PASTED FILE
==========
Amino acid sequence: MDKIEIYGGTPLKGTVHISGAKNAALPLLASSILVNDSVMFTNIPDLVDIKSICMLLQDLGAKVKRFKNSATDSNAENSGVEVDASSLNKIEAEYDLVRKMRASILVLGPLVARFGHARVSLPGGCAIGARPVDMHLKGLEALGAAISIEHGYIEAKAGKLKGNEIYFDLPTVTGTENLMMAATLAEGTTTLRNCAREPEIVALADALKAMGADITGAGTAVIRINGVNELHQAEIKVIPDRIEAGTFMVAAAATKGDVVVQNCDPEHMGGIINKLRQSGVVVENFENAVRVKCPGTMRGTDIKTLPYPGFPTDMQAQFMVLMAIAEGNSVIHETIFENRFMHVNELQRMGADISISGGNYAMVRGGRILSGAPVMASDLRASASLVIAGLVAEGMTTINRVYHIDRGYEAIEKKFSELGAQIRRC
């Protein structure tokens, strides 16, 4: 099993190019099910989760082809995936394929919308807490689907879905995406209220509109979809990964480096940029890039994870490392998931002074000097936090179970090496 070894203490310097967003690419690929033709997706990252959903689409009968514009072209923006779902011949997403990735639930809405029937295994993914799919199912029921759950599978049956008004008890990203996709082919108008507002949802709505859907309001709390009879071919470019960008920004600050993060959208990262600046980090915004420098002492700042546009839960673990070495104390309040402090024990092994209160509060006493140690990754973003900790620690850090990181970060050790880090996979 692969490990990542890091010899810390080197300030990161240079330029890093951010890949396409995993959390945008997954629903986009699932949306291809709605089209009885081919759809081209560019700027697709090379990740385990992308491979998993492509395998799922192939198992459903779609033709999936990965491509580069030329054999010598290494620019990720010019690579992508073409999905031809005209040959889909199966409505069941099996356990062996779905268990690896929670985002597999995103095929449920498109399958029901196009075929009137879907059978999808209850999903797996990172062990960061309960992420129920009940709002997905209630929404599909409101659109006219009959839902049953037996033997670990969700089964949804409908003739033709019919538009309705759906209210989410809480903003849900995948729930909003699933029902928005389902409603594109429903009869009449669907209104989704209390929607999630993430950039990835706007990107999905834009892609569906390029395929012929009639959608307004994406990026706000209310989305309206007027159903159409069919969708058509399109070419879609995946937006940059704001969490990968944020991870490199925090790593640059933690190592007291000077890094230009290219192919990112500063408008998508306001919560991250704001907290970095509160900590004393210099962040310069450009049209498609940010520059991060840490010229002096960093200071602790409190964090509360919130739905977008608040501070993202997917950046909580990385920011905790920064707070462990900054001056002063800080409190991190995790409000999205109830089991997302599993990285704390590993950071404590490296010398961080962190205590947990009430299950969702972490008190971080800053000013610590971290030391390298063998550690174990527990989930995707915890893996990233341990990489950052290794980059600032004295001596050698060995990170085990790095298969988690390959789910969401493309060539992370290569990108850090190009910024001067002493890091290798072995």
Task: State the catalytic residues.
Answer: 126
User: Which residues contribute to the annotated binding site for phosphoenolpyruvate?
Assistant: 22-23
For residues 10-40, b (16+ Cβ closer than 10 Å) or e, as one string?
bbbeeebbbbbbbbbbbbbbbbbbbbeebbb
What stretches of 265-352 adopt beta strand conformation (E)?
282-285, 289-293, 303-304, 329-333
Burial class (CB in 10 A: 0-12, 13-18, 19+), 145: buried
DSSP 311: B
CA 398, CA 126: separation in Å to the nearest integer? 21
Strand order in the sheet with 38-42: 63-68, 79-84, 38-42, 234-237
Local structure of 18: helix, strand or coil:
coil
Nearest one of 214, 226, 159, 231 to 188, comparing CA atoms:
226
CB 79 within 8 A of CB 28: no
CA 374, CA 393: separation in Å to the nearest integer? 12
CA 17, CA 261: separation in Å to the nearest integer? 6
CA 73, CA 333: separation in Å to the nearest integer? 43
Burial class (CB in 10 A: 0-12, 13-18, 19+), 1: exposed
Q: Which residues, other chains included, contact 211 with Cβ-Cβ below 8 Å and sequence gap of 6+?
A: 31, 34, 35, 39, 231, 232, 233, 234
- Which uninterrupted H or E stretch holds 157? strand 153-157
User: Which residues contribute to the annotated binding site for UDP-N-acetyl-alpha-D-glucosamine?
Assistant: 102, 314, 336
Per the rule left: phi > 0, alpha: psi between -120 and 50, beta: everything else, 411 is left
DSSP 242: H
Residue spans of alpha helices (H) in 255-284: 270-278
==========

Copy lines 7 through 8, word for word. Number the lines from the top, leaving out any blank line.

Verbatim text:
For residues 10-40, b (16+ Cβ closer than 10 Å) or e, as one string?
bbbeeebbbbbbbbbbbbbbbbbbbbeebbb